Whilst the Court of Justice alone has jurisdiction to declare an EU act invalid, where a claim is lodged with the national supervisory authorities they may, even where the Commission has adopted a decision finding that a third country affords an adequate level of protection of personal data, examine whether the transfer of a person’s data to the third country complies with the requirements of the EU legislation on the protection of that data and, in the same way as the person concerned, bring the matter before the national courts, in order that the national courts make a reference for a preliminary ruling for the purpose of examination of that decision’s validity The Data Protection Directive provides that the transfer of personal data to a third country may, in principle, take place only if that third country ensures an adequate level of protection of the data.

The directive also provides that the Commission may find that a third country ensures an adequate level of protection by reason of its domestic law or its international commitments. Finally, the directive provides that each Member State is to designate one or more public authorities responsible for monitoring the application within its territory of the national provisions adopted on the basis of the directive (‘national supervisory authorities’).

Maximillian Schrems, an Austrian citizen, has been a Facebook user since 2008. As is the case with other subscribers residing in the EU, some or all of the data provided by Mr Schrems to Facebook is transferred from Facebook’s Irish subsidiary to servers located in the United States, where it is processed. Mr Schrems lodged a complaint with the Irish supervisory authority (the Data Protection Commissioner), taking the view that, in the light of the revelations made in 2013 by Edward Snowden concerning the activities of the United States intelligence services (in particular the National Security Agency (‘the NSA’)), the law and practice of the United States do not offer sufficient protection against surveillance by the public authorities of the data transferred to that country. The Irish authority rejected the complaint, on the ground, in particular, that in a decision of 26 July 20002 the Commission considered that, under the ‘safe harbour’ scheme the United States ensures an adequate level of protection of the personal data transferred (the Safe Harbour
Decision).

The High Court of Ireland, before which the case has been brought, wishes to ascertain whether that Commission decision has the effect of preventing a national supervisory authority from investigating a complaint alleging that the third country does not ensure an adequate level of protection and, where appropriate, from suspending the contested transfer of data.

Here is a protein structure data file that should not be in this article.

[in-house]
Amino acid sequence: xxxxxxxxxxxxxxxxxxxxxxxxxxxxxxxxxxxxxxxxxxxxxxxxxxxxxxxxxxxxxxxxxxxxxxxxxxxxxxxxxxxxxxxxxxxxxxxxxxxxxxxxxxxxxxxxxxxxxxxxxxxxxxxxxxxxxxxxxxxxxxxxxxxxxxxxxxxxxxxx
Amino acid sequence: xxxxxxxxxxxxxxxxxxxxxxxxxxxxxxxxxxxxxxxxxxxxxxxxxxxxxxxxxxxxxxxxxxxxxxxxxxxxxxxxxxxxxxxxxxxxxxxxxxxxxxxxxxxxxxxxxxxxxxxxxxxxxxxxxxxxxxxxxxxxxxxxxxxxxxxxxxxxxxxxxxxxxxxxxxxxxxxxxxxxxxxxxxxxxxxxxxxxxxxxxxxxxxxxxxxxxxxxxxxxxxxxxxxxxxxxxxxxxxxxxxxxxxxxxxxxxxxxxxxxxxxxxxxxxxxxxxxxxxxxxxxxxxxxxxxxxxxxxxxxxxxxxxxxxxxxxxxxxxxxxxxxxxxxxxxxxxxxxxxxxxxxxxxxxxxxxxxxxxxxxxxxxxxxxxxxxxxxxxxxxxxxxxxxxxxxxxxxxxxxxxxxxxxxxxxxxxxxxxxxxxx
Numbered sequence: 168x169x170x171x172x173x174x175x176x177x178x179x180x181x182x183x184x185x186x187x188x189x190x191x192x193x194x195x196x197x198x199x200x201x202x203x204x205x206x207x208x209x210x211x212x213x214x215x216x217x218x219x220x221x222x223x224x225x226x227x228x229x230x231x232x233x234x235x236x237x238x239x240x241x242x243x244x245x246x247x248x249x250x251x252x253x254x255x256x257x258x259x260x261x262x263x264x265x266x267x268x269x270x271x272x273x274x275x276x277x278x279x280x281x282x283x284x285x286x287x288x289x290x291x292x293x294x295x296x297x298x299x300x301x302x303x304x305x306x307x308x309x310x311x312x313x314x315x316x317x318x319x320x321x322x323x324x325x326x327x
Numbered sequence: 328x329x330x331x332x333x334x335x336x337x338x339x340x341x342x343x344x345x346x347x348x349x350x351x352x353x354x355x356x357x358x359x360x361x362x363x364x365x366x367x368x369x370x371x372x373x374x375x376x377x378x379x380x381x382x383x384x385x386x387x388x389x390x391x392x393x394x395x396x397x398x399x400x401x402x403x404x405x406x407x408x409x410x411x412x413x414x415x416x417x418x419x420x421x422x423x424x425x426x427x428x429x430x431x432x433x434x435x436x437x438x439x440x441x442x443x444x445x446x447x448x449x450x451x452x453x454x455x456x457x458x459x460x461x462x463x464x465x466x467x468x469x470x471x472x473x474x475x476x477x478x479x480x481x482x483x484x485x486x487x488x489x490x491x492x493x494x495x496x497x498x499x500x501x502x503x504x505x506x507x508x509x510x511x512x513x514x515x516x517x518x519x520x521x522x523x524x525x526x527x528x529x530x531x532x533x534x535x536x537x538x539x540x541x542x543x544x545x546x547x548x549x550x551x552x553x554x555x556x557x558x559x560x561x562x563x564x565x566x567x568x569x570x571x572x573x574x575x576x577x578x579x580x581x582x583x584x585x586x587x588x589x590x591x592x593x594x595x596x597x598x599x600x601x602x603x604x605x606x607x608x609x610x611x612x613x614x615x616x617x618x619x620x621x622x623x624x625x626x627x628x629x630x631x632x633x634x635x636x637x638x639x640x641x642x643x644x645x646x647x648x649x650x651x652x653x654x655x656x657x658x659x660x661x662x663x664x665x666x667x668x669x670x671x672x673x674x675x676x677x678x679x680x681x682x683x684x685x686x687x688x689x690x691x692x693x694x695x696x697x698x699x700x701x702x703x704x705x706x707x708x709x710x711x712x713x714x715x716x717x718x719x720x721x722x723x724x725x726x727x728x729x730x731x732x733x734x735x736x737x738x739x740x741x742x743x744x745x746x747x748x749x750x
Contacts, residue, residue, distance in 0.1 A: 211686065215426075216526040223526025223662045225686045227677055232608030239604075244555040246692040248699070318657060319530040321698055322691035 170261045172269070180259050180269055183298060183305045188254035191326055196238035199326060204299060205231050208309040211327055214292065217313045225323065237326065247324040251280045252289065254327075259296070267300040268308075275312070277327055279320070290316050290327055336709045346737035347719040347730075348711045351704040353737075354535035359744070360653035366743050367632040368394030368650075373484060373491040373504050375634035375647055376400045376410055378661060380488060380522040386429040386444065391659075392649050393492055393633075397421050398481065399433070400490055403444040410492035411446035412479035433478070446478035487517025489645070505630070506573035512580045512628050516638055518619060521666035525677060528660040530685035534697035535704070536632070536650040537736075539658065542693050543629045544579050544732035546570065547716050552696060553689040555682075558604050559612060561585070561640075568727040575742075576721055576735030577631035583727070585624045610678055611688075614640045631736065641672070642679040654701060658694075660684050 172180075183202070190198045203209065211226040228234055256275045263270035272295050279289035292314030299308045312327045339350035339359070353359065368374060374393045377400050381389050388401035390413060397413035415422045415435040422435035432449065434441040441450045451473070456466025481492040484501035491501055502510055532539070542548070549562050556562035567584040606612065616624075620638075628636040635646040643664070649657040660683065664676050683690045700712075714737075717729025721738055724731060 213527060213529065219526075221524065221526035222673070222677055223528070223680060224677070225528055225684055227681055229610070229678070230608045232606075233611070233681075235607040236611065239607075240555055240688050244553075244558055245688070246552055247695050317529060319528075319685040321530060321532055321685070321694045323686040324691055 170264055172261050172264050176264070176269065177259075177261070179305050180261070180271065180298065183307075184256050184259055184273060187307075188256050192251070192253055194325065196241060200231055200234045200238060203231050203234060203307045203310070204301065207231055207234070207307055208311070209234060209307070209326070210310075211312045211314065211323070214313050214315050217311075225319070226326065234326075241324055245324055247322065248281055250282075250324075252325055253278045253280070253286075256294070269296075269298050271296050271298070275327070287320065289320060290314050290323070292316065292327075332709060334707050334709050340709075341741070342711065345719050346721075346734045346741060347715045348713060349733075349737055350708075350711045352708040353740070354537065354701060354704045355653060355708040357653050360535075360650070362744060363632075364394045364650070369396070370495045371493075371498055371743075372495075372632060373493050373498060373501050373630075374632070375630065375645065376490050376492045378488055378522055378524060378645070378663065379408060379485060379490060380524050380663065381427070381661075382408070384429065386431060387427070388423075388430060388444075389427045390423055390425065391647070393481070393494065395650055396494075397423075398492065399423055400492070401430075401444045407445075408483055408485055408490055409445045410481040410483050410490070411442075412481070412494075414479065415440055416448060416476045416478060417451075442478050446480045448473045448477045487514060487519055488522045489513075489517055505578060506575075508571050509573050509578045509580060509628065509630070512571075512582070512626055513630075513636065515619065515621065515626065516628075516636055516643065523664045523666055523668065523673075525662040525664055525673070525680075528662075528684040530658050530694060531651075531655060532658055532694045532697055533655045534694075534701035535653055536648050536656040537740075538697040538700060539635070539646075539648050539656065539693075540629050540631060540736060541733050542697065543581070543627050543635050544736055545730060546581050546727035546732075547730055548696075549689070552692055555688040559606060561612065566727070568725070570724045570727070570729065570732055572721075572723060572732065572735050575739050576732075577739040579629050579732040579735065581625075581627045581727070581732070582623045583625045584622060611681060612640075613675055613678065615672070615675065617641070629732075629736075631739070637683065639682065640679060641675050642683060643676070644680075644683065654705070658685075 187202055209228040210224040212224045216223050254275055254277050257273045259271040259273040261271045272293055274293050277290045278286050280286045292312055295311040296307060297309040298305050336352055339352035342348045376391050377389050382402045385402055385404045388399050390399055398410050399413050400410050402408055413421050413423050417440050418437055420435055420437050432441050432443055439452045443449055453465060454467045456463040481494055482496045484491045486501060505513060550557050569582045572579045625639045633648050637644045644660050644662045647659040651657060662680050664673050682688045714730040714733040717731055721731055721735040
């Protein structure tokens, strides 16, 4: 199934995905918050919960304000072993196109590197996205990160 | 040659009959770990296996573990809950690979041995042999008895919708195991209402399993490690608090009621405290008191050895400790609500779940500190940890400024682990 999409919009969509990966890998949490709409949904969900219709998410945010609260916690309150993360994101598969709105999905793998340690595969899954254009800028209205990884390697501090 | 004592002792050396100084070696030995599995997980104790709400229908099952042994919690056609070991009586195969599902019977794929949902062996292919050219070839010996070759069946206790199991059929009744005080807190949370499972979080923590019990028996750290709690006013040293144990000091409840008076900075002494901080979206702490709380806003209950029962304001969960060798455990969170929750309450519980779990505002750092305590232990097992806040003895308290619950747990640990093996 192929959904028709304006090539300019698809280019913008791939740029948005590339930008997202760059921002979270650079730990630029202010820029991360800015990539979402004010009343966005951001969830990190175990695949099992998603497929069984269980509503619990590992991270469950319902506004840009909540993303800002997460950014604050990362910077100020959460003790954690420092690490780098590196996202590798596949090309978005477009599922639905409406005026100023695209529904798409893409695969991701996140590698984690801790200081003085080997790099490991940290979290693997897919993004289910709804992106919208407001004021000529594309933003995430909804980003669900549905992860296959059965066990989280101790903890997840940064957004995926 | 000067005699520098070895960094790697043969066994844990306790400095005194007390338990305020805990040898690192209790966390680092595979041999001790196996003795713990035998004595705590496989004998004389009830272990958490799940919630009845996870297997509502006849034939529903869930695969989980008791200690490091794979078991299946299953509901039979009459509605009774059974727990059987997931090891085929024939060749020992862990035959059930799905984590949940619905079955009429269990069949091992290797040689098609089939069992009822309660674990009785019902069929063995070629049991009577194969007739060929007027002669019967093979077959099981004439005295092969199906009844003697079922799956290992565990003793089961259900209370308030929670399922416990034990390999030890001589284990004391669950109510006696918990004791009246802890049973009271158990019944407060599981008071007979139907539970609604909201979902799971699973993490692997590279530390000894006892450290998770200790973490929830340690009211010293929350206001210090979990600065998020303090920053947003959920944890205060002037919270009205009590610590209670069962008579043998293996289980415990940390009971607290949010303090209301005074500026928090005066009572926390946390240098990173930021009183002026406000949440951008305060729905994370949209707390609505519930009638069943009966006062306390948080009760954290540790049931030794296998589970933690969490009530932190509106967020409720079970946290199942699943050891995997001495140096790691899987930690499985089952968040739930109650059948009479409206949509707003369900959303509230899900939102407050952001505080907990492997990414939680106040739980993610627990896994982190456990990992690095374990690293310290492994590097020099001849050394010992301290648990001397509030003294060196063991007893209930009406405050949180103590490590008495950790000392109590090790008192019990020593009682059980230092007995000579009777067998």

In today’s judgment, the Court of Justice holds that the existence of a Commission decision finding that a third country ensures an adequate level of protection of the personal data transferred
cannot eliminate or even reduce the powers available to the national supervisory authorities The Court states, first of all, that no provision of the directive prevents oversight by the national
supervisory authorities of transfers of personal data to third countries which have been the subject of a Commission decision. Thus, even if the Commission has adopted a decision, the national
supervisory authorities, when dealing with a claim, must be able to examine, with complete independence, whether the transfer of a person’s data to a third country complies with the requirements laid down by the directive. Nevertheless, the Court points out that it alone has jurisdiction to declare that an EU act, such as a Commission decision, is invalid.

Consequently, where a national authority or the person who has brought the matter before the national authority considers that a Commission decision is invalid, that authority or person must be able to bring proceedings before the national courts so that they may refer the case to the Court of Justice if they too have doubts as to the validity of the Commission decision. It is thus ultimately the Court of Justice which has the task of deciding whether or not a Commission decision is valid.

Finally, the Court finds that the Safe Harbour Decision denies the national supervisory authorities their powers where a person calls into question whether the decision is compatible with the protection of the privacy and of the fundamental rights and freedoms of individuals. The Court holds that the Commission did not have competence to restrict the national supervisory authorities’ powers in that way.

For all those reasons, the Court declares the Safe Harbour Decision invalid. This judgment has the consequence that the Irish supervisory authority is required to examine Mr Schrems’ complaint with all due diligence and, at the conclusion of its investigation, is to decide whether, pursuant to the directive, transfer of the data of Facebook’s European subscribers to the United States should be suspended on the ground that that country does not afford an adequate level of protection of personal data.

Source: http://curia.europa.eu/jcms/upload/docs/application/pdf/2015-10/cp150117en.pdf